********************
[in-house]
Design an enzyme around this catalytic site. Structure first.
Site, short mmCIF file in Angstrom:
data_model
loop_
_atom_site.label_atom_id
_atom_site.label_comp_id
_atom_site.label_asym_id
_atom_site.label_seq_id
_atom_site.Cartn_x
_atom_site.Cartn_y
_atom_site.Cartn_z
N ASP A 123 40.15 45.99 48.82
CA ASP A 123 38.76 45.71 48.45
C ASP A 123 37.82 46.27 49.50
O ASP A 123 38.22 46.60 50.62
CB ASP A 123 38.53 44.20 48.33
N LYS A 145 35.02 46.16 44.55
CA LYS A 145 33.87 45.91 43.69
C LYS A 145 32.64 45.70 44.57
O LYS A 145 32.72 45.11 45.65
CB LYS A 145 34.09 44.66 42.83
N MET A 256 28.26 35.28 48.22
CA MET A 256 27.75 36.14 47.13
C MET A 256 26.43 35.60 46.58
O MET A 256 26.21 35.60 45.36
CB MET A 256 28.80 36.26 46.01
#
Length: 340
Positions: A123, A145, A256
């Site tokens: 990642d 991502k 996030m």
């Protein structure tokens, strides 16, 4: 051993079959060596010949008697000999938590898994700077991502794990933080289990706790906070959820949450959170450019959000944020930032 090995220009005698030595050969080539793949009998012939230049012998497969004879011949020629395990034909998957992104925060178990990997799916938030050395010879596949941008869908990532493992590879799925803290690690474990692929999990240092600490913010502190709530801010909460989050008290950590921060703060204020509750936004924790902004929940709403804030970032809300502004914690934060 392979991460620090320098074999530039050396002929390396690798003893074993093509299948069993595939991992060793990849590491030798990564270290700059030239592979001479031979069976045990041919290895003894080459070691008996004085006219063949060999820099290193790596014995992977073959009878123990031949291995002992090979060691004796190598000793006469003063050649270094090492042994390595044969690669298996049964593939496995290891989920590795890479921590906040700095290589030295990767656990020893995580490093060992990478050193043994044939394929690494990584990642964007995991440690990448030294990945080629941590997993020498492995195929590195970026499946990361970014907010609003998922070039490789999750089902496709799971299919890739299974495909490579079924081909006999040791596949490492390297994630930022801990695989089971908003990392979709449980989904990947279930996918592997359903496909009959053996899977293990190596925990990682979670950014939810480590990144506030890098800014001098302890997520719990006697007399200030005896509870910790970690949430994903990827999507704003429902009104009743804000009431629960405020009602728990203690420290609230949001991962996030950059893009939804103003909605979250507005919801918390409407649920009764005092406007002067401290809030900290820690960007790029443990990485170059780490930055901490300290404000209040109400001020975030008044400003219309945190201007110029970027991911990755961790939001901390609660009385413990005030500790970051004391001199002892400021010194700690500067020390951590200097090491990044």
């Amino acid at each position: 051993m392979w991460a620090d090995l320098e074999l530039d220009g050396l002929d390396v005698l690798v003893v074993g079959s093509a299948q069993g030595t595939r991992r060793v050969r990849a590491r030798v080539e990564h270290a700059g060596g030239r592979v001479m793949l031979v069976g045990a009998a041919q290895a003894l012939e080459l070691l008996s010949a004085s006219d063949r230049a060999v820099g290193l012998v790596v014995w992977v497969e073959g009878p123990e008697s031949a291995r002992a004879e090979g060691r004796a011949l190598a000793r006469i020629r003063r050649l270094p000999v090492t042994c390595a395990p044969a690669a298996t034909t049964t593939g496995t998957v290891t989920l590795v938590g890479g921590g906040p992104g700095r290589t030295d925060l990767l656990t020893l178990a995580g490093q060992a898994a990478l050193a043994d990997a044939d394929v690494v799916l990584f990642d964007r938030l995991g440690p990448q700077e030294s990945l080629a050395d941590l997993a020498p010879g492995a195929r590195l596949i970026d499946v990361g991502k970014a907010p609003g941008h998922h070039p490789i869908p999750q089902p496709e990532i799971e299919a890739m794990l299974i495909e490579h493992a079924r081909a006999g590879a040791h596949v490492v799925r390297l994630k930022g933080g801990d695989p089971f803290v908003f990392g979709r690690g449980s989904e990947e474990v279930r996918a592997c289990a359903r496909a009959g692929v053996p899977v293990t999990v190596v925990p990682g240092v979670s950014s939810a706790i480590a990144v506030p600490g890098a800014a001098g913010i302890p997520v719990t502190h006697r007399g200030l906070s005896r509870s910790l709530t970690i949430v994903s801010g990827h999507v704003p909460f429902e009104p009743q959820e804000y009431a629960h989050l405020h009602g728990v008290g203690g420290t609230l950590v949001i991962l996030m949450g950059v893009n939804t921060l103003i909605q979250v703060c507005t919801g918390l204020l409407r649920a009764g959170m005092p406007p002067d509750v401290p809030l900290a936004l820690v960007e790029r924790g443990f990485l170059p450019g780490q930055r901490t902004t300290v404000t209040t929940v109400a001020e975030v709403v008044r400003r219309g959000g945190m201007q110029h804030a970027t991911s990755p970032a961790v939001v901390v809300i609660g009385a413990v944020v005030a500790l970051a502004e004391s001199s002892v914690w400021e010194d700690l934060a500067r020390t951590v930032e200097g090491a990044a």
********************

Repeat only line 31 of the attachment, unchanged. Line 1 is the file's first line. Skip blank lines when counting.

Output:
């Site tokens: 990642d 991502k 996030m």